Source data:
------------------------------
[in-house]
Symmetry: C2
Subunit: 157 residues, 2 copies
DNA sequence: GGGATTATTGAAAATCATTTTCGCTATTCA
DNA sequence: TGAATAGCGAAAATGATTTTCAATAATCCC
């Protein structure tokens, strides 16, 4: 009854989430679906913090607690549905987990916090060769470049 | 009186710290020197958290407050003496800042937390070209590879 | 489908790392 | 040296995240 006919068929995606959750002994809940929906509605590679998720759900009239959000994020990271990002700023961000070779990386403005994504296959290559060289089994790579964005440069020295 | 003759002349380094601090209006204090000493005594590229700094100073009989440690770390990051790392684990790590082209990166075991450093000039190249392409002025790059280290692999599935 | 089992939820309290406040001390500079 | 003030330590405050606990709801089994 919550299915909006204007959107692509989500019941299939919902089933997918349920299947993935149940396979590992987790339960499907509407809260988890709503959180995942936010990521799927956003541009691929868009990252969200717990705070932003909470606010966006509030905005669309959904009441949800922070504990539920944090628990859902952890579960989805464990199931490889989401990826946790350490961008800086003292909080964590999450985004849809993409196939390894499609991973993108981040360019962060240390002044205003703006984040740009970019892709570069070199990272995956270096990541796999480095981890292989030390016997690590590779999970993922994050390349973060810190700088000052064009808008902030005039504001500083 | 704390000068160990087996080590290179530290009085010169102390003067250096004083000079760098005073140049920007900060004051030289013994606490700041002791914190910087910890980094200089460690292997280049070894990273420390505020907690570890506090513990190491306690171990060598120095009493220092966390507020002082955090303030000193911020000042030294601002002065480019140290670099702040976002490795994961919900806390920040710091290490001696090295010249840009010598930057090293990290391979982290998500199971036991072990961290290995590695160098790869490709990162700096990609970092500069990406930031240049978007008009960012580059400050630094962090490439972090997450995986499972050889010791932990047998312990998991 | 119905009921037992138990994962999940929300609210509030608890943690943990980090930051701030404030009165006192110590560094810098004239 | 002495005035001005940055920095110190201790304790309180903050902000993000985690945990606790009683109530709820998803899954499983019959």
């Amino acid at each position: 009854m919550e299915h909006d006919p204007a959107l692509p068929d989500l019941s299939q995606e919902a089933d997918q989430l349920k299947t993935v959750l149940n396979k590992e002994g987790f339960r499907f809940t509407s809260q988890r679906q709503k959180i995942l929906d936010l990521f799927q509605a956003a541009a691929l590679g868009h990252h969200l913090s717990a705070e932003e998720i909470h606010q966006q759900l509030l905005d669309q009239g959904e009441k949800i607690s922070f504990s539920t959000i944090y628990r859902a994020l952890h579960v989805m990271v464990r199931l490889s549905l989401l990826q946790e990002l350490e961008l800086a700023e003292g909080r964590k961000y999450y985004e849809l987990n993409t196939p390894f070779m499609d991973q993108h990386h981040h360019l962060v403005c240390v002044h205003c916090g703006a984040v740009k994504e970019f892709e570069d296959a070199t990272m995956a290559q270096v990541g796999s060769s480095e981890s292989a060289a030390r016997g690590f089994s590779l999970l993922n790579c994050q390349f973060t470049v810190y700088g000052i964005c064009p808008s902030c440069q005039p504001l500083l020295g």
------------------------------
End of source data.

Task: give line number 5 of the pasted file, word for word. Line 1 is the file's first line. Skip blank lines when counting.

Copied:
DNA sequence: TGAATAGCGAAAATGATTTTCAATAATCCC